The University is allocating more than $5 million to fund a new initiative in the humanities.

The funding will provide University faculty members working in the humanities additional opportunities to collaborate across University departments, the Office of the Provost announced last week.

The Michigan Humanities collaboration aims to create new research opportunities by funding projects that will gather resources from different departments. Projects will pull largely from the study of human culture and thought, including language, literature, philosophy, history and the arts.

Teams of faculty researchers — led by faculty in the humanities — will partner with librarians, undergraduates, graduate and postdoctoral fellows to develop new models of research with the hope of publishing across multiple types of media.

Peggy McCracken, a professor of French, women’s studies and comparative literature, is acting as the collaboratory coordinator.

“I knew that the project had been proposed, and now that the funding has come through we’re getting under way,” she said.

The $5 million University investment will support the project for a projected four years. Depending on the initiative’s success, a potential renewal for another three years would double the amount to $10 million.

Sara Blair, vice provost for academic and faculty affairs and professor of English, said the first task for the advisory board would be developing criteria for project proposals and guide interested faculty toward applying.

“The advisory board will be looking for projects that make imaginative use of collaborative teams, are thoughtful about research and mentoring across faculty, graduate student and undergraduate roles, and ready to experiment with alternative ways of getting humanities research out to our many publics,” she said.

Because preliminary deadlines for project proposals are approaching, McCracken said she’s working with her staff to quickly prepare the criteria before the first deadlines in February.

“I’ve heard from a number of people,” she said. “I think there’s a lot of interest. And I’m excited about that.”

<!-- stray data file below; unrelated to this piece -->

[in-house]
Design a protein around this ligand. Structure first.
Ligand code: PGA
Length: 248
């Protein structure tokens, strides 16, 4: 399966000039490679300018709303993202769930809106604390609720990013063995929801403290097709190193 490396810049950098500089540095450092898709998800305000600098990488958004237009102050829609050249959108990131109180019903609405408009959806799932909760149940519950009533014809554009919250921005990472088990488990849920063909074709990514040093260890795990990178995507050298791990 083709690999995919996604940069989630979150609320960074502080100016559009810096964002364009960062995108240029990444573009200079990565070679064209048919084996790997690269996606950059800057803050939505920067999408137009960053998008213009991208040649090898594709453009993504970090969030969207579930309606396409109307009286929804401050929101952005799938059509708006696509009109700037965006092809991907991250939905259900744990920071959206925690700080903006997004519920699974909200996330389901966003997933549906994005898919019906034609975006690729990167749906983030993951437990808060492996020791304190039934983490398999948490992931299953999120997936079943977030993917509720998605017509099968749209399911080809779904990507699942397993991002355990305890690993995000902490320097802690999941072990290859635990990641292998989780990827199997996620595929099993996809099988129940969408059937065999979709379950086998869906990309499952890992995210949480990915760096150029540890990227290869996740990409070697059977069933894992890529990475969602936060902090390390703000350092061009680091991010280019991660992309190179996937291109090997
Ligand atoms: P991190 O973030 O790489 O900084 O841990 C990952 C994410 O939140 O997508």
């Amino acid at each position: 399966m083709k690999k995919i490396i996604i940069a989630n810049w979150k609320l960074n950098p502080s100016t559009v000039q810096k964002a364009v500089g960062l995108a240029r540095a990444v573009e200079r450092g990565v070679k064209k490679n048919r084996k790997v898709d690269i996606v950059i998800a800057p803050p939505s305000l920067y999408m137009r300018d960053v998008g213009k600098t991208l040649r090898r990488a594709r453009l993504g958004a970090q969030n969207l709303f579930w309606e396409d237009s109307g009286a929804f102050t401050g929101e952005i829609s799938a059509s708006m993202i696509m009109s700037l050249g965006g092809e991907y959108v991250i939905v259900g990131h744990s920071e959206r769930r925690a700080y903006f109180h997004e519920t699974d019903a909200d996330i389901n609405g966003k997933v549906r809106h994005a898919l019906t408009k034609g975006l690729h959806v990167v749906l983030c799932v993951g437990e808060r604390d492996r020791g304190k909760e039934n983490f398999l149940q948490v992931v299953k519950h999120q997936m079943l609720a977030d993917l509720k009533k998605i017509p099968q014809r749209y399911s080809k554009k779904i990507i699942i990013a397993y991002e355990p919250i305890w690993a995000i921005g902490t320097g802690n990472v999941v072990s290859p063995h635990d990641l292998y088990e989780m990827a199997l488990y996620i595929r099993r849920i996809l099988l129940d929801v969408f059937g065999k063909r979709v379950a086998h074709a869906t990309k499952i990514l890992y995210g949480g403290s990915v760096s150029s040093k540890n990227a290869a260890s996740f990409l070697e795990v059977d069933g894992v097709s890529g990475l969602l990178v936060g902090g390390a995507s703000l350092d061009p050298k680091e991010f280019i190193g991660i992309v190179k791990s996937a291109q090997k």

McCracken’s team will also work to provide a series of workshops about how to craft project programs in advance of the deadline.

The workshops will detail successful examples of research proposals to help faculty structure their own requests. They will also provide tips on successfully incorporating student involvement in projects.

Participants in the collaborative will be selected by a faculty board composed of Sidonie Smith, director of the Institute for the Humanities; associate deans for humanities in LSA and Rackham Graduate School; and any additional faculty selected by the coordinator.

Though there are no guidelines in place yet, Smith said an important aspect of projects contending for funding is their method of reaching the public with their results.

“Part of the requirements is the results of the collaboration need to be made available in multiple formats for different audiences,” Smith said.

While the research may end up appearing in either a book or essay format, Smith said the expectation is that the results will be communicated through public events or multimedia platforms.

Smith said the projects would not preempt a new interdisciplinary program or result in any rearrangements of departmental structures.

“They will not be tied to establishing some kind of institutional program,” she said. “They’re meant to be pop-up — that is, they arrived from faculty interest. They’re not tied to a long-term agenda. They are for enabling faculty to have the opportunity to work in collaborative teams and to train doctoral students in this new kind of environment for doing work in the humanities.”

The collaborative efforts will be strategically housed at Hatcher Graduate Library to allow the projects access to research resources as well as public exposure.

“Being in the library, a hub of humanities research, will allow for collaboration with librarians, information specialists and other humanists, and make the work of the collaboratory visible to the campus and community,” Blair said.

Selected projects will begin in the fall of 2016.

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